[ARCH] describes the general mechanism for obtaining keying material
   when multiple keys are required for a single SA (e.g. when an ESP SA
   requires a key for confidentiality and a key for authentication).

   In order to provide data origin authentication, the key distribution
   mechanism must ensure that unique keys are allocated and that they
   are distributed only to the parties participating in the
   communication.

   [RFC-2104] makes the following recommendation with regard to
   rekeying.  Current attacks do not indicate a specific recommended
   frequency for key changes as these attacks are practically
   infeasible.  However, periodic key refreshment is a fundamental
   security practice that helps against potential weaknesses of the
   function and keys, reduces the information avaliable to a
   cryptanalyst, and limits the damage of an exposed key.

4.  Interaction with the ESP Cipher Mechanism

   As of this writing, there are no known issues which preclude the use
   of the HMAC-MD5-96 algorithm with any specific cipher algorithm.

5.  Security Considerations

   The security provided by HMAC-MD5-96 is based upon the strength of
   HMAC, and to a lesser degree, the strength of MD5. [RFC-2104] claims
   that HMAC does not depend upon the property of strong collision
   resistance, which is important to consider when evaluating the use of
   MD5, an algorithm which has, under recent scrutiny, been shown to be
   much less collision-resistant than was first thought. At the time of
   this writing there are no practical cryptographic attacks against
   HMAC-MD5-96.

   [RFC-2104] states that for "minimally reasonable hash functions" the
   "birthday attack", the strongest attack know against HMAC, is
   impractical. For a 64-byte block hash such as HMAC-MD5-96, an attack
   involving the successful processing of 2**64 blocks would be
   infeasible unless it were discovered that the underlying hash had
   collisions after processing 2**30 blocks. A hash with such weak
   collision-resistance characteristics would generally be considered to
   be unusable.

   It is also important to consider that while MD5 was never developed
   to be used as a keyed hash algorithm, HMAC had that criteria from the
   onset. While the use of MD5 in the context of data security is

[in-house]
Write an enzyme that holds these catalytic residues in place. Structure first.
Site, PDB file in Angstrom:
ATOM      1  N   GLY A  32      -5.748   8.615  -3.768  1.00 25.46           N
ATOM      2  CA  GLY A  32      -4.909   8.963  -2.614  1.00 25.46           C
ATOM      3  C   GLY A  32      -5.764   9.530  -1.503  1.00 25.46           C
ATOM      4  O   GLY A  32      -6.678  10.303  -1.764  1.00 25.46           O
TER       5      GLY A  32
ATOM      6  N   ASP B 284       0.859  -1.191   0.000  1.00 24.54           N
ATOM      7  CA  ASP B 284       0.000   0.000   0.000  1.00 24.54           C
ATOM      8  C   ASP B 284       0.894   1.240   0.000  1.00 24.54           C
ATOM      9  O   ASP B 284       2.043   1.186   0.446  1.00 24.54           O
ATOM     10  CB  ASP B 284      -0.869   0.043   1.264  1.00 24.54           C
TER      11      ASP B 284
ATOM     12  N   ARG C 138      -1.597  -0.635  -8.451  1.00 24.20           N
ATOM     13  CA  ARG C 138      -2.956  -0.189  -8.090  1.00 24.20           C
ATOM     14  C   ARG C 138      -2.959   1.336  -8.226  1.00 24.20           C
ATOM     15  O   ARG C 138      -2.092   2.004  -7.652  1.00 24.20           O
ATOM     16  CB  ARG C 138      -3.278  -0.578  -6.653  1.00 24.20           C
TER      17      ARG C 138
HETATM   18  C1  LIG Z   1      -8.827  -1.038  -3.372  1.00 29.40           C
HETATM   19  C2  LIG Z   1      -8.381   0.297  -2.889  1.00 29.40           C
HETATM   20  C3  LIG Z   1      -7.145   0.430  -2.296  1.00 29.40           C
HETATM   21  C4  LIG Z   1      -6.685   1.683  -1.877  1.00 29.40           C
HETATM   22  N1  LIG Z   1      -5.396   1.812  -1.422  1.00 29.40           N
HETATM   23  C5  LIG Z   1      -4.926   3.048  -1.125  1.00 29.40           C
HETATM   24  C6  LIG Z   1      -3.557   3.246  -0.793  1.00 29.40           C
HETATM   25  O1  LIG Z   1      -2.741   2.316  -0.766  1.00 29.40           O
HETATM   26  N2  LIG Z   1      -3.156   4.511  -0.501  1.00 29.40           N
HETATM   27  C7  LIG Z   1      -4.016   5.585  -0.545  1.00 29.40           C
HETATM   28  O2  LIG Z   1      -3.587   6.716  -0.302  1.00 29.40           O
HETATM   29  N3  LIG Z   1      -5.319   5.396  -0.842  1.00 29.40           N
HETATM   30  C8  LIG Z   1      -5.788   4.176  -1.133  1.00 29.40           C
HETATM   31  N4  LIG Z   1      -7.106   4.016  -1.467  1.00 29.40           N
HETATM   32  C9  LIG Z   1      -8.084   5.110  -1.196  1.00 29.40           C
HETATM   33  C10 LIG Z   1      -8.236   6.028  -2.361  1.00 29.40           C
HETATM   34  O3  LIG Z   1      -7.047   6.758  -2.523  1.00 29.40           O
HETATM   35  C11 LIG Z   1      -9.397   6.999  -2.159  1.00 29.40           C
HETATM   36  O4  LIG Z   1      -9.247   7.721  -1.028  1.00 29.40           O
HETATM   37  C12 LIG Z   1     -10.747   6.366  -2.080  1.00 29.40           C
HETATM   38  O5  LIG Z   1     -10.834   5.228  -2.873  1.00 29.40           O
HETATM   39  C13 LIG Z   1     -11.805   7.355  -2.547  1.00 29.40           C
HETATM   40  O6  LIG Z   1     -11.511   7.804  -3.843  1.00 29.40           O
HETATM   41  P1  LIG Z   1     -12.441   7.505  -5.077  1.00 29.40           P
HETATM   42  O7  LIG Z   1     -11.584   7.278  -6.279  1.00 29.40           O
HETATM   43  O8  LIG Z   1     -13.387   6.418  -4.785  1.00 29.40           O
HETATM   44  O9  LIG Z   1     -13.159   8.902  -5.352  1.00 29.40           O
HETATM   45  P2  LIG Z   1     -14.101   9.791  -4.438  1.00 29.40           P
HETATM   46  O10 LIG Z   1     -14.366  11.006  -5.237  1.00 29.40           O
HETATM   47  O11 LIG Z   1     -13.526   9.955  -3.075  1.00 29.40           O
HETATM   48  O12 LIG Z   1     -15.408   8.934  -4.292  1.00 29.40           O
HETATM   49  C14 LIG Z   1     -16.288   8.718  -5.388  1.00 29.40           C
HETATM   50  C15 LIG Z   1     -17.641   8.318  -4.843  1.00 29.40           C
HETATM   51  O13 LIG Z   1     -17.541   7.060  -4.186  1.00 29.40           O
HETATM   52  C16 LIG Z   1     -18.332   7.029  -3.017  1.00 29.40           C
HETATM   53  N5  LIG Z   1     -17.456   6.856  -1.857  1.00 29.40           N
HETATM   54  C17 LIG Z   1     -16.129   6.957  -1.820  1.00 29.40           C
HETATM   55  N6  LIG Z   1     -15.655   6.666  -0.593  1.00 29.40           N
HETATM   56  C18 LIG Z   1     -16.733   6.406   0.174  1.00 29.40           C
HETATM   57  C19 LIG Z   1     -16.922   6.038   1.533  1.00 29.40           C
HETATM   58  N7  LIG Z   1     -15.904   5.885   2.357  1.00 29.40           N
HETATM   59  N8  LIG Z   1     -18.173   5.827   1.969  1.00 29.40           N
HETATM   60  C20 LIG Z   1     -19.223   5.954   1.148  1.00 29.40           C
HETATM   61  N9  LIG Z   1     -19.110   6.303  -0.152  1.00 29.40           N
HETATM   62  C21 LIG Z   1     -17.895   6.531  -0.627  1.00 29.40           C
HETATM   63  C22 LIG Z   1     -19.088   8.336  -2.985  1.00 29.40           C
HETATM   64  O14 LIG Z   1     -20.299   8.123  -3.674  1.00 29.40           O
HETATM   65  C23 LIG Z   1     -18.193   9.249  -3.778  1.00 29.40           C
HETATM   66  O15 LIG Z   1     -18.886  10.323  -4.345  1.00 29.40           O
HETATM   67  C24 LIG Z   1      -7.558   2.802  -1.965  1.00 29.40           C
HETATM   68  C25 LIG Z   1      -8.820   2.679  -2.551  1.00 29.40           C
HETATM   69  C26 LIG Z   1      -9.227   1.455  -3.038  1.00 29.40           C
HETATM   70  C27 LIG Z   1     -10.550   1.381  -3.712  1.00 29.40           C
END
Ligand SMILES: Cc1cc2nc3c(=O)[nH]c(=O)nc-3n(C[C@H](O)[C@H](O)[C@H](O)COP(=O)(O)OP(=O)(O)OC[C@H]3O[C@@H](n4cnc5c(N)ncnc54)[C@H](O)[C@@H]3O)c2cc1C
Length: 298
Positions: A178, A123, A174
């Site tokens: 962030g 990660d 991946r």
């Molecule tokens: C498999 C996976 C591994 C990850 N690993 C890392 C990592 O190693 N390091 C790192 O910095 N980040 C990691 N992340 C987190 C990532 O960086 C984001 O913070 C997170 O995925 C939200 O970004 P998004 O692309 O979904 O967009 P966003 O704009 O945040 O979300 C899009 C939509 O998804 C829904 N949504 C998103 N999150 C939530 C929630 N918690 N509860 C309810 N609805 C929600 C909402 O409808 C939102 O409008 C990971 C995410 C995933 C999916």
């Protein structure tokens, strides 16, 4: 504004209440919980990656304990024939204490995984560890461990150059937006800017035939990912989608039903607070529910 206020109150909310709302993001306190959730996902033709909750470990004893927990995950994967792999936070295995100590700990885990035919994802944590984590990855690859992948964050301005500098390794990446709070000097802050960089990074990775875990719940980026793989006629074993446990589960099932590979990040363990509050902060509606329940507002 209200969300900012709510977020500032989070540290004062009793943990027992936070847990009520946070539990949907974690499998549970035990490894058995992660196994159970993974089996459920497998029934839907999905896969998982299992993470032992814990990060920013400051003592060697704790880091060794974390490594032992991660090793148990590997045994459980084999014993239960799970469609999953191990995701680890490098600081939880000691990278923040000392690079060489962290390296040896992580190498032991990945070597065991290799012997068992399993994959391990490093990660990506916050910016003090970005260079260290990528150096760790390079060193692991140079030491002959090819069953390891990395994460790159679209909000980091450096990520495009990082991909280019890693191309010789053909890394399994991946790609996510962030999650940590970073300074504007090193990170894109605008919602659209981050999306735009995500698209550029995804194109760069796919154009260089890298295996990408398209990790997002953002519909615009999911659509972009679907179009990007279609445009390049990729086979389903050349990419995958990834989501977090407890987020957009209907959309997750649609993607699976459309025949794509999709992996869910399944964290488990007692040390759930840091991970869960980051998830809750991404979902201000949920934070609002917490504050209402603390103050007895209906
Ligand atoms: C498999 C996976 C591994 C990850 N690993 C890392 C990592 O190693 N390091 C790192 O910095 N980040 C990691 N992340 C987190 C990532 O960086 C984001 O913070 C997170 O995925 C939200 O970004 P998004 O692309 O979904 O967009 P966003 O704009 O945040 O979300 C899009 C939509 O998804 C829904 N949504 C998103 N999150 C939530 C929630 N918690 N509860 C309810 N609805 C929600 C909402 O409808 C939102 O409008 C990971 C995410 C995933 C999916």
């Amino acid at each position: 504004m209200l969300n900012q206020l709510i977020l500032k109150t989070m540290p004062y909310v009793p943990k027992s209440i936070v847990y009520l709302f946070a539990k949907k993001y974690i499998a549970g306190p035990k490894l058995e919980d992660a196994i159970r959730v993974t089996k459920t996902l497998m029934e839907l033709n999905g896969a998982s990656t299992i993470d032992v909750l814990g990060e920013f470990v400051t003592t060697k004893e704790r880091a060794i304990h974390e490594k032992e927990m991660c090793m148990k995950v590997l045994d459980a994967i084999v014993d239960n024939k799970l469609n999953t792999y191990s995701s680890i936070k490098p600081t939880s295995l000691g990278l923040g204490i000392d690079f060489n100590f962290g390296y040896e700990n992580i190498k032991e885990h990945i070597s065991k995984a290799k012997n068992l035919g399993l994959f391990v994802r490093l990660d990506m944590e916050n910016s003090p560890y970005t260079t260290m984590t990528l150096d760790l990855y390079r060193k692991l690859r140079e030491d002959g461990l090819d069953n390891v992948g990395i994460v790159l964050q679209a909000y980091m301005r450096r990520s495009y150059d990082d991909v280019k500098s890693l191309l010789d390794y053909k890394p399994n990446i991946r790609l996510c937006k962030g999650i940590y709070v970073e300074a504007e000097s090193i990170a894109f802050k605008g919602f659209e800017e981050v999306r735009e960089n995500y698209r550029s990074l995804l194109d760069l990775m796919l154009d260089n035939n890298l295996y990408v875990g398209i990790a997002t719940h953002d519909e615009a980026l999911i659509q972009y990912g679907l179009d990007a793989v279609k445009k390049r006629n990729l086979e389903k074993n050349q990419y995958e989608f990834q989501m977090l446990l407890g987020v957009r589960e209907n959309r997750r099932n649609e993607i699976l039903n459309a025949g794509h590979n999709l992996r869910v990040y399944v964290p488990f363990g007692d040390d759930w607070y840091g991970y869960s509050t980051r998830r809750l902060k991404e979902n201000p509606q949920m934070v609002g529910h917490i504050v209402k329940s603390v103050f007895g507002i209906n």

undergoing reevaluation, the combined HMAC with MD5 algorithm has
   held up to cryptographic scrutiny.

   [RFC-2104] also discusses the potential additional security which is
   provided by the truncation of the resulting hash. Specifications
   which include HMAC are strongly encouraged to perform this hash
   truncation.

   As [RFC-2104] provides a framework for incorporating various hash
   algorithms with HMAC, it is possible to replace MD5 with other
   algorithms such as SHA-1. [RFC-2104] contains a detailed discussion
   on the strengths and weaknesses of HMAC algorithms.

   As is true with any cryptographic algorithm, part of its strength
   lies in the correctness of the algorithm implementation, the security
   of the key management mechanism and its implementation, the strength
   of the associated secret key, and upon the correctness of the
   implementation in all of the participating systems.  [RFC-2202]
   contains test vectors and example code to assist in verifying the
   correctness of HMAC-MD5-96 code.

6.  Acknowledgments

   This document is derived in part from previous works by Jim Hughes,
   those people that worked with Jim on the combined DES/CBC+HMAC-MD5
   ESP transforms, the ANX bakeoff participants, and the members of the
   IPsec working group.

   We would also like to thank Hugo Krawczyk for his comments and
   recommendations regarding some of the cryptographic specific text in
   this document.

7.  References

   [RFC-1321]   Rivest, R., "MD5 Digest Algorithm", RFC 1321, April
                1992.

   [RFC-2104]   Krawczyk, H., Bellare, M., and R. Canetti, "HMAC:
                Keyed-Hashing for Message Authentication", RFC 2104,
                February 1997.

   [RFC-1810]   Touch, J., "Report on MD5 Performance", RFC 1810, June
                1995.

   [Bellare96a] Bellare, M., Canetti, R., and H. Krawczyk, "Keying Hash
                Functions for Message Authentication", Advances in
                Cryptography, Crypto96 Proceeding, June 1996.

   [ARCH]       Kent, S., and R. Atkinson, "Security Architecture for
                the Internet Protocol", RFC 2401, November 1998.

   [ESP]        Kent, S., and R. Atkinson, "IP Encapsulating Security
                Payload", RFC 2406, November 1998.

   [AH]         Kent, S., and R. Atkinson, "IP Authentication Header",
                RFC 2402, November 1998.

   [Thayer97a]  Thayer, R., Doraswamy, N., and R. Glenn, "IP Security
                Document Roadmap", RFC 2411, November 1998.

   [RFC-2202]   Cheng, P., and R. Glenn, "Test Cases for HMAC-MD5 and
                HMAC-SHA-1", RFC 2202, March 1997.

   [RFC-2119]   Bradner, S., "Key words for use in RFCs to Indicate
                Requirement Levels", BCP 14, RFC 2119, March 1997.

8.  Editors' Address

   Cheryl Madson
   Cisco Systems, Inc.

   EMail: cmadson@cisco.com

   Rob Glenn
   NIST

   EMail: <rob.glenn@nist.gov>

 The IPsec working group can be contacted through the chairs:

   Robert Moskowitz
   ICSA

   EMail: rgm@icsa.net

   Ted T'so
   Massachusetts Institute of Technology

   EMail: tytso@mit.edu

9.  Full Copyright Statement

   Copyright (C) The Internet Society (1998).  All Rights Reserved.

   This document and translations of it may be copied and furnished to
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   The limited permissions granted above are perpetual and will not be